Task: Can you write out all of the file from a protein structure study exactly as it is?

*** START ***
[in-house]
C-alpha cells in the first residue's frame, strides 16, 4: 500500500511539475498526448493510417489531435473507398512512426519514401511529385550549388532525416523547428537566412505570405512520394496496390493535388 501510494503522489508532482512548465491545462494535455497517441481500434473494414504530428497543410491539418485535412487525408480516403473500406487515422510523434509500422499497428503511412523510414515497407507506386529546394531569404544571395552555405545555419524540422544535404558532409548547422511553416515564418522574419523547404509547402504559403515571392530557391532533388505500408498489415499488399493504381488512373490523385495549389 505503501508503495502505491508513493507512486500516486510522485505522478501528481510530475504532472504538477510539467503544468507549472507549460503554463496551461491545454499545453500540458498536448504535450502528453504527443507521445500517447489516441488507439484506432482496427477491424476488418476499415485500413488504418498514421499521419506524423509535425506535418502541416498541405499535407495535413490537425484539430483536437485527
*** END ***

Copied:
[in-house]
C-alpha cells in the first residue's frame, strides 16, 4: 500500500511539475498526448493510417489531435473507398512512426519514401511529385550549388532525416523547428537566412505570405512520394496496390493535388 501510494503522489508532482512548465491545462494535455497517441481500434473494414504530428497543410491539418485535412487525408480516403473500406487515422510523434509500422499497428503511412523510414515497407507506386529546394531569404544571395552555405545555419524540422544535404558532409548547422511553416515564418522574419523547404509547402504559403515571392530557391532533388505500408498489415499488399493504381488512373490523385495549389 505503501508503495502505491508513493507512486500516486510522485505522478501528481510530475504532472504538477510539467503544468507549472507549460503554463496551461491545454499545453500540458498536448504535450502528453504527443507521445500517447489516441488507439484506432482496427477491424476488418476499415485500413488504418498514421499521419506524423509535425506535418502541416498541405499535407495535413490537425484539430483536437485527